Participants then came together to discuss issues affecting Congress Avenue as a whole – specifically how urban design principles might apply to the avenue. (The crowd burst into applause at the comment, “Surface parking is not our highest and best use.”) In defining what Congress Avenue should be, common themes emerged: sidewalk cafes, thriving retail businesses and window shopping, streetcars instead of buses, great people-watching, and stronger connections to both Lady Bird Lake and the grounds of the state Capitol.
At the luncheon, keynote speaker Max Reim deputized everyone in the room, challenging them to leverage their relationships and resources to achieve desired improvements, saying, “You are the game-changers for Congress Avenue.”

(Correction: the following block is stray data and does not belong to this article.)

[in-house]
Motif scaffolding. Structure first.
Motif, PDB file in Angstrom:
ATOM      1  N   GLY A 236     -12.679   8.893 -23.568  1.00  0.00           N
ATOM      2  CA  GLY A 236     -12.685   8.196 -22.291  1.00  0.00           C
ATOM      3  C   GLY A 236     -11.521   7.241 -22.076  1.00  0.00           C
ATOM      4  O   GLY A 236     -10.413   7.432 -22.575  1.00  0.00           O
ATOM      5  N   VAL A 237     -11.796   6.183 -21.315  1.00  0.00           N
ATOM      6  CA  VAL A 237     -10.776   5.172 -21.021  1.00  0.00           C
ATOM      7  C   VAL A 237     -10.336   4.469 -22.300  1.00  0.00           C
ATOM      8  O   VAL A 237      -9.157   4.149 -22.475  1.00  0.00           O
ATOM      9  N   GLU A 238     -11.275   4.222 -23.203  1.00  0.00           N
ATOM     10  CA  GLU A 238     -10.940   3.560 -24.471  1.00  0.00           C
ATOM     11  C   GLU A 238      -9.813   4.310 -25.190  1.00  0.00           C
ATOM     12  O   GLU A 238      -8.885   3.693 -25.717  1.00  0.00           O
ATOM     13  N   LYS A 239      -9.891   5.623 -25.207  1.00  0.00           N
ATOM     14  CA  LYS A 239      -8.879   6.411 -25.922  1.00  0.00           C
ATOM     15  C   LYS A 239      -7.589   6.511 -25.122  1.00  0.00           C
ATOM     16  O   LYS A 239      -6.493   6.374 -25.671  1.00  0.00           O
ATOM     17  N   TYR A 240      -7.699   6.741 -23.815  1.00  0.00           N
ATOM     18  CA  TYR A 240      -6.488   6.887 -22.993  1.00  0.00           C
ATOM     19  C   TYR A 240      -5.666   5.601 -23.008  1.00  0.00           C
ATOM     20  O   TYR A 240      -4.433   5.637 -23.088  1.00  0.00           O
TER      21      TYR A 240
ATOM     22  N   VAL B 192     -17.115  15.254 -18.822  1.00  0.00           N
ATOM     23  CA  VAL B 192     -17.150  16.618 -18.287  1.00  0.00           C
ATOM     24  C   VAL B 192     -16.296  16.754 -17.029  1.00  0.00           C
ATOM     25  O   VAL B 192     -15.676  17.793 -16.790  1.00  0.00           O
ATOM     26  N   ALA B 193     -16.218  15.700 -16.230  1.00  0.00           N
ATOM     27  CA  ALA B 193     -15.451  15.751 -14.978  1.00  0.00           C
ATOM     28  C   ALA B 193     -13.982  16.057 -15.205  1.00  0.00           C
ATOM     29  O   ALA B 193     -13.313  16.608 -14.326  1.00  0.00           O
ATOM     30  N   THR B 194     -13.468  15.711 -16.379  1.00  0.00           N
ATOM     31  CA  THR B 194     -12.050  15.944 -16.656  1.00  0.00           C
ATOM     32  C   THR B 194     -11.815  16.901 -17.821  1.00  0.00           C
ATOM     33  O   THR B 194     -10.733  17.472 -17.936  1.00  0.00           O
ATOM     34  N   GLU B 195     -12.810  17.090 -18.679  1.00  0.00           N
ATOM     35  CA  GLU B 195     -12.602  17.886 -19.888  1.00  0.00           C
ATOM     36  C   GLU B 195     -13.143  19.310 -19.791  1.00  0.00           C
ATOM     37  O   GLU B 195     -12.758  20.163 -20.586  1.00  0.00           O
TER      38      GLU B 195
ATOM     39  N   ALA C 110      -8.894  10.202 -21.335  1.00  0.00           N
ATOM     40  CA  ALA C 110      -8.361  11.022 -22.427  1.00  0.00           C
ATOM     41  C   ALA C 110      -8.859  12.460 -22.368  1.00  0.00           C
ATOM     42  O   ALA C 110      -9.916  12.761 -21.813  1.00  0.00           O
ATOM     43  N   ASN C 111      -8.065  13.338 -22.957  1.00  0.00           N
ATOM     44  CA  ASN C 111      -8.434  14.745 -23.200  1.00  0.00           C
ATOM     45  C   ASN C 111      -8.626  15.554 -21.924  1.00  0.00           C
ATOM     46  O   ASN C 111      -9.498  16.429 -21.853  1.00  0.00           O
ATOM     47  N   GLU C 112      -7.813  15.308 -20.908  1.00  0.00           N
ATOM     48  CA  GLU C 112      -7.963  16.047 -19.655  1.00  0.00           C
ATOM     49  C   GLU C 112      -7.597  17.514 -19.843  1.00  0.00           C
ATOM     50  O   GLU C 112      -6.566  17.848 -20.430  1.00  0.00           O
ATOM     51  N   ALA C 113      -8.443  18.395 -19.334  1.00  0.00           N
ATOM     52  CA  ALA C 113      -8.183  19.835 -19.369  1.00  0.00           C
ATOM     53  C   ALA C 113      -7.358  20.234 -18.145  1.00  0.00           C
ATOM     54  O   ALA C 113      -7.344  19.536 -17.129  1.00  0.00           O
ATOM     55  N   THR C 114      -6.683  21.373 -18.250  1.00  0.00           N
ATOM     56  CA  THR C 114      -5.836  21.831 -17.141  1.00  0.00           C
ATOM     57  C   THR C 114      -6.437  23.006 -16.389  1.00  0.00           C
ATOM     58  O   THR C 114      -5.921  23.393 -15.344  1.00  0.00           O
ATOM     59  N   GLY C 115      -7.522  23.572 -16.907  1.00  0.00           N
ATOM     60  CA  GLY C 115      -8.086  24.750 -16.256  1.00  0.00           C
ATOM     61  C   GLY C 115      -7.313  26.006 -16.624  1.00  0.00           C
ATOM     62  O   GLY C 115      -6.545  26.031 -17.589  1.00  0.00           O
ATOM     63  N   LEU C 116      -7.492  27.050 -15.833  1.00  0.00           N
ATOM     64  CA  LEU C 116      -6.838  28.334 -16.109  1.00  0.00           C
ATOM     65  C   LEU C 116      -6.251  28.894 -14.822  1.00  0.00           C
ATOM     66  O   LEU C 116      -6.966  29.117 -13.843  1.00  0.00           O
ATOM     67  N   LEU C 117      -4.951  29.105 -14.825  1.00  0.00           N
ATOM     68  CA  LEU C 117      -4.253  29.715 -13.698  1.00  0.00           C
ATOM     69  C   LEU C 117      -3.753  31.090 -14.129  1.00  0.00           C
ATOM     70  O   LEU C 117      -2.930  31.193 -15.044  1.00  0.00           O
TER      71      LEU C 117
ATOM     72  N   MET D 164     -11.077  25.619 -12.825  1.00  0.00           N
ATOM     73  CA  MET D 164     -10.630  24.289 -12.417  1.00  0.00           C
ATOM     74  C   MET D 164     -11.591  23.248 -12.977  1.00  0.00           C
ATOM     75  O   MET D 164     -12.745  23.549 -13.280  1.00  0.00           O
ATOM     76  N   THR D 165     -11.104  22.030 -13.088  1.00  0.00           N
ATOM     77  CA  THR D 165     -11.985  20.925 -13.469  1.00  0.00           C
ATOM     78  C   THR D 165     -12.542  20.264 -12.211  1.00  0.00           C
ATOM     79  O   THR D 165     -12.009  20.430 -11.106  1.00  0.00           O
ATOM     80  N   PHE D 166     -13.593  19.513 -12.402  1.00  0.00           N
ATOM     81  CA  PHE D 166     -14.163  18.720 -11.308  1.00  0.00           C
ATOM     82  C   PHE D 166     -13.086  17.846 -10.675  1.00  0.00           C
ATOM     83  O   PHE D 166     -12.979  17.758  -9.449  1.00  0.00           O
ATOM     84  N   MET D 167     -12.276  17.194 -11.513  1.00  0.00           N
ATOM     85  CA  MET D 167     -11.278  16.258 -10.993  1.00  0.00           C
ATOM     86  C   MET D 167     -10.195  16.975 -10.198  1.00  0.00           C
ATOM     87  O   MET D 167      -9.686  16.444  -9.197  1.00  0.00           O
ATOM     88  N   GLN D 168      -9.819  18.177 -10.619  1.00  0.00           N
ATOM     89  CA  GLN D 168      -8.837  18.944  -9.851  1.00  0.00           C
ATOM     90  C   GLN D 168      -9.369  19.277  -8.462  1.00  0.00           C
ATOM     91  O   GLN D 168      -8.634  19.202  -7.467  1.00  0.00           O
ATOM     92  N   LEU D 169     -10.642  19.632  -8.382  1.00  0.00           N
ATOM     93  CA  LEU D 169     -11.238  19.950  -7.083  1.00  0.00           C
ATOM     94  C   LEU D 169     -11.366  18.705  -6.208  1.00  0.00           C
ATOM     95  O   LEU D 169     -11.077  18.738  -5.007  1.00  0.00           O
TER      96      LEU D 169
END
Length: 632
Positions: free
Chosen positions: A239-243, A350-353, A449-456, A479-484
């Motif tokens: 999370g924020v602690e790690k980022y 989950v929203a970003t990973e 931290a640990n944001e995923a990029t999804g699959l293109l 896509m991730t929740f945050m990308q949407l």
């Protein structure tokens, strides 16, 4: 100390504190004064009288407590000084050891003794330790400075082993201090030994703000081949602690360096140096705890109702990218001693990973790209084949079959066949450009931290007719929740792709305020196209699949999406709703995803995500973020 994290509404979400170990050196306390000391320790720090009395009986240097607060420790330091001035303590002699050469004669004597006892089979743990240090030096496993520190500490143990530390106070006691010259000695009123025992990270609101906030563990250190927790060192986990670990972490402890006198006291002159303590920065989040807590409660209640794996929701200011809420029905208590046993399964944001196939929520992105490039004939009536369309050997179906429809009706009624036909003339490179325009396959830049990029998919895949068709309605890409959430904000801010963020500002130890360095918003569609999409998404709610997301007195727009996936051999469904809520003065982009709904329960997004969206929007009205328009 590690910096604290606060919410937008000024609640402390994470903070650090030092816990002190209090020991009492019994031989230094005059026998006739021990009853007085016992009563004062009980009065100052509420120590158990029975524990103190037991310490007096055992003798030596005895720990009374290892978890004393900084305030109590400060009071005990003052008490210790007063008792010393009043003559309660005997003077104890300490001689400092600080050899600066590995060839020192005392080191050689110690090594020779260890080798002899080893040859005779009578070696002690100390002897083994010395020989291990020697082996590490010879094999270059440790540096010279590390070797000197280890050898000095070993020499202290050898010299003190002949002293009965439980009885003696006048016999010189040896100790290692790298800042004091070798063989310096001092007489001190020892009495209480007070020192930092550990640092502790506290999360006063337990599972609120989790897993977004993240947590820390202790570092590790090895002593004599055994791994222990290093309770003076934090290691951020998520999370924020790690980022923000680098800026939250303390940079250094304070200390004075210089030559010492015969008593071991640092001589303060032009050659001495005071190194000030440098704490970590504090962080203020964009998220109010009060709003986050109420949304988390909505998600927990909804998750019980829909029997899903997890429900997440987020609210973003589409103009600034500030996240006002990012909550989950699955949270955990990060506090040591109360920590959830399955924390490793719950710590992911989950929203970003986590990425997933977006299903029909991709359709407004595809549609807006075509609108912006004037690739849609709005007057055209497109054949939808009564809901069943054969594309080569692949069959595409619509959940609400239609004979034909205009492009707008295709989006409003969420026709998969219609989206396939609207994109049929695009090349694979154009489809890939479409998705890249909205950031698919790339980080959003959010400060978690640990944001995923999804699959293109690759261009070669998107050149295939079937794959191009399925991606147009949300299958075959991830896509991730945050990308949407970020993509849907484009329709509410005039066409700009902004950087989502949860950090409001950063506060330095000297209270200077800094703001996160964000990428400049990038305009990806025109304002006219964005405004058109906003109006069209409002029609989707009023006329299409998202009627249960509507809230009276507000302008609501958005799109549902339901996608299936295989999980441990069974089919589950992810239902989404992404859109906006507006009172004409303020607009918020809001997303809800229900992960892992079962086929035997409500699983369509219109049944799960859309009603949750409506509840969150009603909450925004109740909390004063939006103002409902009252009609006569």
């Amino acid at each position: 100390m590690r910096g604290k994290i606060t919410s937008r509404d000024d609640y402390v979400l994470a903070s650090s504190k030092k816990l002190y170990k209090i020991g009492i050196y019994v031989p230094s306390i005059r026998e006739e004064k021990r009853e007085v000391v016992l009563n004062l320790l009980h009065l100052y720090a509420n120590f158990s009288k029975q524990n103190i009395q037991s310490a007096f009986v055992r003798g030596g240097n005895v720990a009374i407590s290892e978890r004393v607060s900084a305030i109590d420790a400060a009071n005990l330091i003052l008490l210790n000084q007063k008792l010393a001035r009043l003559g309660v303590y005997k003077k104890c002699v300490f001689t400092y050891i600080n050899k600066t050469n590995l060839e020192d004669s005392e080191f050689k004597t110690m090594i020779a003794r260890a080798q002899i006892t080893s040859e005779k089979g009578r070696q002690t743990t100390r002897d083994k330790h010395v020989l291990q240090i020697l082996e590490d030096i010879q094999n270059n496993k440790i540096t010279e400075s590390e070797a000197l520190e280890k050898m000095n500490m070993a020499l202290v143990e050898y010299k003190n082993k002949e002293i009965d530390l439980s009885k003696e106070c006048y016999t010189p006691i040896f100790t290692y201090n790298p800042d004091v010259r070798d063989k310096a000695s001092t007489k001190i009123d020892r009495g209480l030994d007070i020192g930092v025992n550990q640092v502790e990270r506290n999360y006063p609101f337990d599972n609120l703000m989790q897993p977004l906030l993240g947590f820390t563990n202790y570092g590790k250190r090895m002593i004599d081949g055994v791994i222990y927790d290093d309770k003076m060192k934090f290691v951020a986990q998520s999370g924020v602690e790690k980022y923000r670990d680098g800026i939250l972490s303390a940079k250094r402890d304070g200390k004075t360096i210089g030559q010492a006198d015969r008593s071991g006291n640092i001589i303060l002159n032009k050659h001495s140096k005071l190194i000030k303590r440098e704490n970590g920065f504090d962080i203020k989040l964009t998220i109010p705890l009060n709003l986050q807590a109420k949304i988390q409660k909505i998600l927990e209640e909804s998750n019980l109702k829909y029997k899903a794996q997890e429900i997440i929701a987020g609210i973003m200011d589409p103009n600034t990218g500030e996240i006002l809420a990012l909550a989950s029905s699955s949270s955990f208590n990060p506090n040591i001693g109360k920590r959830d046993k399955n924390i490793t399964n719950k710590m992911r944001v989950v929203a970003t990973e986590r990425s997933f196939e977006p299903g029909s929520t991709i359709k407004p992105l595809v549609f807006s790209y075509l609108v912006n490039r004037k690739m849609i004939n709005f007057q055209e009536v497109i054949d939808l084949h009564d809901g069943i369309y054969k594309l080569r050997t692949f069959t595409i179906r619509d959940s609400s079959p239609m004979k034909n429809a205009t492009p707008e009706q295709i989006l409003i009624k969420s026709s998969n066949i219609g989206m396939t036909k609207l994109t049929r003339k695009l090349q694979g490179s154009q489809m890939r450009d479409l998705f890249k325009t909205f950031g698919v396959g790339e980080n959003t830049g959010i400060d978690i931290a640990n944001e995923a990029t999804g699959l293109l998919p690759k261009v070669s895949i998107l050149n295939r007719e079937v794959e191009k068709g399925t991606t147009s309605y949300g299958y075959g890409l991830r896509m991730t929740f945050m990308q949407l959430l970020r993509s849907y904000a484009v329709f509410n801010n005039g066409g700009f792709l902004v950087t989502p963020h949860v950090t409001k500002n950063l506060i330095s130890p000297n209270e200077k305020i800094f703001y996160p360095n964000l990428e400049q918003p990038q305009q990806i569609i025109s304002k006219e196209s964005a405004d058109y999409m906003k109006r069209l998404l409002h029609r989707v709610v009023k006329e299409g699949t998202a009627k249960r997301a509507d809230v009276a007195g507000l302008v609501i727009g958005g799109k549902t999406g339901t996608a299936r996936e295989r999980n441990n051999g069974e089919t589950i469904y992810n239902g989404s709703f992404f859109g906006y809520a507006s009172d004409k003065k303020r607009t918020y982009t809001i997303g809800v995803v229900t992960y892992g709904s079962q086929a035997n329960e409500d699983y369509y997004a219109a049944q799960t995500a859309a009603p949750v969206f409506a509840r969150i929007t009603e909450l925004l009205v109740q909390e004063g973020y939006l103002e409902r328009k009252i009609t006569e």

A panel discussion of action steps followed; panelists included Council Member Chris Riley, Andy Smith of Thomas Properties Group and chair of the Congress Avenue Wow committee, urban designer Jim Adams, and planner Lee D. Einsweiler of Code Studio.
Smith said later that he was very encouraged by the energy and consensus at the sold-out event (which had 40 people on a waiting list): “There was a great deal of interest and passion – more than I expected – about Congress Avenue. We’re not reaching our potential here!” The DAA will put out a preliminary report soon, distilling the ideas gathered. (The report and photos will be posted to www.downtownaustin.com; direct inquiries can be sent to firstname.lastname@example.org.)